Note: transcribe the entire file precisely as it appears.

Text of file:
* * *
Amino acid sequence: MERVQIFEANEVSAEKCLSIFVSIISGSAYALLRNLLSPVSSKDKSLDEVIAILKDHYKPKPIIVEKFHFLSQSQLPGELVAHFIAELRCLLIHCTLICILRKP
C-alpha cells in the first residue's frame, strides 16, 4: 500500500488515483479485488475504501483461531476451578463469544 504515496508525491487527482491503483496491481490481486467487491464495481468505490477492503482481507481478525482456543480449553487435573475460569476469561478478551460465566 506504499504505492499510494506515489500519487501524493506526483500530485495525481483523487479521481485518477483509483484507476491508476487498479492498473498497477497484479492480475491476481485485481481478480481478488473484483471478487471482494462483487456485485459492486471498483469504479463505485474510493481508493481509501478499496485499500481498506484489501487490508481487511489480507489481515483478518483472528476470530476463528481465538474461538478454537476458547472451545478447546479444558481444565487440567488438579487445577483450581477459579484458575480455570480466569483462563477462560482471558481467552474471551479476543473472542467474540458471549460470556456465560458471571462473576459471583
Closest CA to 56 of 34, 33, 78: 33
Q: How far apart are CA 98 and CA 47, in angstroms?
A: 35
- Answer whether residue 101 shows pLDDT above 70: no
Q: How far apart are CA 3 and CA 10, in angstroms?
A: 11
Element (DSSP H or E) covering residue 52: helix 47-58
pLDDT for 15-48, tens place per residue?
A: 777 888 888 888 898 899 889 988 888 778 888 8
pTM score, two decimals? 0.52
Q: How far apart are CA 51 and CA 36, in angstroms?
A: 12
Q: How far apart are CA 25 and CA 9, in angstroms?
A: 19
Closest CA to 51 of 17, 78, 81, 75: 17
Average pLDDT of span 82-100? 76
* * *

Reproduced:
Amino acid sequence: MERVQIFEANEVSAEKCLSIFVSIISGSAYALLRNLLSPVSSKDKSLDEVIAILKDHYKPKPIIVEKFHFLSQSQLPGELVAHFIAELRCLLIHCTLICILRKP
C-alpha cells in the first residue's frame, strides 16, 4: 500500500488515483479485488475504501483461531476451578463469544 504515496508525491487527482491503483496491481490481486467487491464495481468505490477492503482481507481478525482456543480449553487435573475460569476469561478478551460465566 506504499504505492499510494506515489500519487501524493506526483500530485495525481483523487479521481485518477483509483484507476491508476487498479492498473498497477497484479492480475491476481485485481481478480481478488473484483471478487471482494462483487456485485459492486471498483469504479463505485474510493481508493481509501478499496485499500481498506484489501487490508481487511489480507489481515483478518483472528476470530476463528481465538474461538478454537476458547472451545478447546479444558481444565487440567488438579487445577483450581477459579484458575480455570480466569483462563477462560482471558481467552474471551479476543473472542467474540458471549460470556456465560458471571462473576459471583
Closest CA to 56 of 34, 33, 78: 33
Q: How far apart are CA 98 and CA 47, in angstroms?
A: 35
- Answer whether residue 101 shows pLDDT above 70: no
Q: How far apart are CA 3 and CA 10, in angstroms?
A: 11
Element (DSSP H or E) covering residue 52: helix 47-58
pLDDT for 15-48, tens place per residue?
A: 777 888 888 888 898 899 889 988 888 778 888 8
pTM score, two decimals? 0.52
Q: How far apart are CA 51 and CA 36, in angstroms?
A: 12
Q: How far apart are CA 25 and CA 9, in angstroms?
A: 19
Closest CA to 51 of 17, 78, 81, 75: 17
Average pLDDT of span 82-100? 76